For each locus, we include all polymorphisms at synonymous sites and in noncoding DNA (including both insertiondeletions and single nucleotide polymorphisms). Single nucleotide polymorphisms within deletions and overlapping deletions were excluded from analyses. Excluding insertiondeletion variation has no effect on the conclusions (results not shown). In situations where a nucleotide polymorphism occurs immediately adjacent to a deletion, and the two are in complete coupling, the two polymorphisms are treated as a single event. For these reasons, the numbers reported in tables may differ slightly from previously published values. DnaSP3.0 (Rozas and Rozas 1999) was used for a subset of polymorphism analyses.
Estimating rates of crossing over: For each locus, we estimate r, the sexaveraged local rate of meiotic crossing over per kilobase per generation, following the approach of Charlesworth (1996). In this method, each chromosomal arm is divided into several regions. Each region was assigned either a linear or a quadratic function relating genetic distance to physical distance. We modified this method to incorporate estimates of the DNA content of each cytological band (Heinoet al. 1994). Thus, the rate of crossing over is expressed in units of centimorgans per million bases (cM/Mb) rather than centimorgans per band (cM/band). Since there is no crossing over in D. melanogaster males (Ashburner 1989), female rates of crossing over are multiplied by ½ for autosomes and ⅔ for Xlinked loci.
Previous approaches have fit highorder polynomial curves to whole chromosome arms using standard map distances available in the databases (e.g., Ashburner 1989, chapter 11; Comeronet al. 1999). These approaches produce estimates of r that are highly correlated with our estimates (e.g., for our 29 loci, the correlation with estimates from Comeronet al. 1999 yields a Pearson correlation coefficient of R = 0.91). The main difference between approaches is the estimates of r in regions of very low crossing over, i.e., telomeric and centromeric regions of D. melanogaster. Using Charlesworth’s method, we recover yellowsu(s), yellowsu(w^{a}), and yellowwhite map distance estimates (∼10^{4}, 10^{3}, and 0.015 M, respectively) that are in good agreement with published measurements (cf. TakanoShimizu 1999; Langleyet al. 2000).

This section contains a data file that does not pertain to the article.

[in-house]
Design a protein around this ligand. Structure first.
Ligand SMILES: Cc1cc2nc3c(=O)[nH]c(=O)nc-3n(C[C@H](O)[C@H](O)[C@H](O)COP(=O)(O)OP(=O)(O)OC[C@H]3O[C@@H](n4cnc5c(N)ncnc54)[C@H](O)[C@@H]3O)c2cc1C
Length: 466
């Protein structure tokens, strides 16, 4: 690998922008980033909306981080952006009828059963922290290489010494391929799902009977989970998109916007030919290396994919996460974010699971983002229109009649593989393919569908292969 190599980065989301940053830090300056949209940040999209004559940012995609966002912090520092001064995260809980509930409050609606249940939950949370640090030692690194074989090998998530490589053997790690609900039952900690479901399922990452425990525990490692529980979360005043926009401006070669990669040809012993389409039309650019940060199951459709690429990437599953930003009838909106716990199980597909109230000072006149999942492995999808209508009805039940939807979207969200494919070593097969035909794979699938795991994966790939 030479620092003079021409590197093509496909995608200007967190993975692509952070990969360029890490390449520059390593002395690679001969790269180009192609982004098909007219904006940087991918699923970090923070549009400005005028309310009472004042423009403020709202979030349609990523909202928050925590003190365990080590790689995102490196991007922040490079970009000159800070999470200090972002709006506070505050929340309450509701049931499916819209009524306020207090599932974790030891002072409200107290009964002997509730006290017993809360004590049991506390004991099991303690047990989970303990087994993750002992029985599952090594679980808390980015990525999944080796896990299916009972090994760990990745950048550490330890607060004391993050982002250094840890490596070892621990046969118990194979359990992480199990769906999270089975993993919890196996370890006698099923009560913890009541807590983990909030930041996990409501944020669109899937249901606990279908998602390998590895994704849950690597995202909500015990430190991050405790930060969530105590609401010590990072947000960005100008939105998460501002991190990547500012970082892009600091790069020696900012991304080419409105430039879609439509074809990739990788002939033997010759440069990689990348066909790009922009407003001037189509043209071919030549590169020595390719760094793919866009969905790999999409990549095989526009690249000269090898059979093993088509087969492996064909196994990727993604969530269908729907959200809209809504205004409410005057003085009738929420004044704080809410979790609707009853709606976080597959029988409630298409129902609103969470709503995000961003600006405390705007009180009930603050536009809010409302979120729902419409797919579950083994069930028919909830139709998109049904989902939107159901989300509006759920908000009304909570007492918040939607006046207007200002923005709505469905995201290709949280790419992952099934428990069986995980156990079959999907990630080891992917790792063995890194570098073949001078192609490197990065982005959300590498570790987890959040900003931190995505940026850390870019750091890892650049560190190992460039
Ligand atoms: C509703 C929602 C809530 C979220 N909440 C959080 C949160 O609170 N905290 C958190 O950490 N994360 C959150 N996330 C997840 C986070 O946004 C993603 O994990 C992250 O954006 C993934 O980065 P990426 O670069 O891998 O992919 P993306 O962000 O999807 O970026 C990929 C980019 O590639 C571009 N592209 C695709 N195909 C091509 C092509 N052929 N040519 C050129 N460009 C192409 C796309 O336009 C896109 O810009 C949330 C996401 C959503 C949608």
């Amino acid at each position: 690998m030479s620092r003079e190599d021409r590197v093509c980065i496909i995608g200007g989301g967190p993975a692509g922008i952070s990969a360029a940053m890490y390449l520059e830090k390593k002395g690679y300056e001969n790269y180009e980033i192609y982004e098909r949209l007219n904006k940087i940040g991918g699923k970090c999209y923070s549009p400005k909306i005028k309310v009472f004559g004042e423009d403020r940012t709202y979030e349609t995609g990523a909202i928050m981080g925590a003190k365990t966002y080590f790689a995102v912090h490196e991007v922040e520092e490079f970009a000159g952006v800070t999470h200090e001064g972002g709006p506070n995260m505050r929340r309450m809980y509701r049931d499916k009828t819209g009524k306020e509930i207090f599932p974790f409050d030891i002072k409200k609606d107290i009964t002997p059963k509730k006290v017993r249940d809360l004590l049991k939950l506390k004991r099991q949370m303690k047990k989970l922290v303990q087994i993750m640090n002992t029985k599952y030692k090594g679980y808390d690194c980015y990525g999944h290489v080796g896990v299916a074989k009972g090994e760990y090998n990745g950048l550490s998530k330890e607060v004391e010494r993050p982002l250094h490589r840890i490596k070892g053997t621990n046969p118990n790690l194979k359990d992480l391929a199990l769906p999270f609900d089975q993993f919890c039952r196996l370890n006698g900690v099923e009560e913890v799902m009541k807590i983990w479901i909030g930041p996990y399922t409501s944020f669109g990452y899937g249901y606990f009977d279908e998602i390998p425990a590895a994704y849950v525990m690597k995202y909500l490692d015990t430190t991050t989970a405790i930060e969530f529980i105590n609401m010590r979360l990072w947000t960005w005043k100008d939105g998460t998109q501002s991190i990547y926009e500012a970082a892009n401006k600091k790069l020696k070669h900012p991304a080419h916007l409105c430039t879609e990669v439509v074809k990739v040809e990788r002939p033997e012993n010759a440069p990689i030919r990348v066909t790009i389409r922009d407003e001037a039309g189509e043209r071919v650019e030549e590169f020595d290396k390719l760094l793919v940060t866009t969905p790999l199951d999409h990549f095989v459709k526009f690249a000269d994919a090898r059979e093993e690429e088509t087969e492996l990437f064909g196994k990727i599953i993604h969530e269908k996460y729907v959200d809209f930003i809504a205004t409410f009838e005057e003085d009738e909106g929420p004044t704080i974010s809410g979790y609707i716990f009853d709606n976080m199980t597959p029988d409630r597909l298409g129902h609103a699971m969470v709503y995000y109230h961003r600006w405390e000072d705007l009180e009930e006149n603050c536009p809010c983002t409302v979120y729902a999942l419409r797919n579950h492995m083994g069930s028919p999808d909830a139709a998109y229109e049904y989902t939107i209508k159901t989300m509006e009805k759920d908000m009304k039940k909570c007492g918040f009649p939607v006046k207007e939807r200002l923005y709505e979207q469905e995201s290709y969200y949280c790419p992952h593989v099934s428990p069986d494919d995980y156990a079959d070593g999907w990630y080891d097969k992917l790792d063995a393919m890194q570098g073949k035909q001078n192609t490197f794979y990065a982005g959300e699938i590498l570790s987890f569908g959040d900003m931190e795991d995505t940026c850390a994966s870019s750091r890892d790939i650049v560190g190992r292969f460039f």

For the white locus (cytological map 3C2, genetic map 1.5), the appropriate r estimate is less clear. Charlesworth (1996) chooses this locus to mark the transition from a region with a quadratic relation of genetic to physical distance (from the telomere) to one with a linear relation in the centromereproximal direction. We take the r predicted by the telomereproximal quadratic function (0.6 cM/Mb). Note, however, that genetic distance in the centromereproximal direction from white appears to increase faster than quadratically. If, instead, we assume an exponential increase in genetic distance from yellow (cytological map 1B1, genetic map 0) to Notch (cytological map 3C79, genetic map 3.0), we estimate an r for white that is ∼2.5fold larger. The use of this r estimate for white has no effect on our conclusions (results not shown).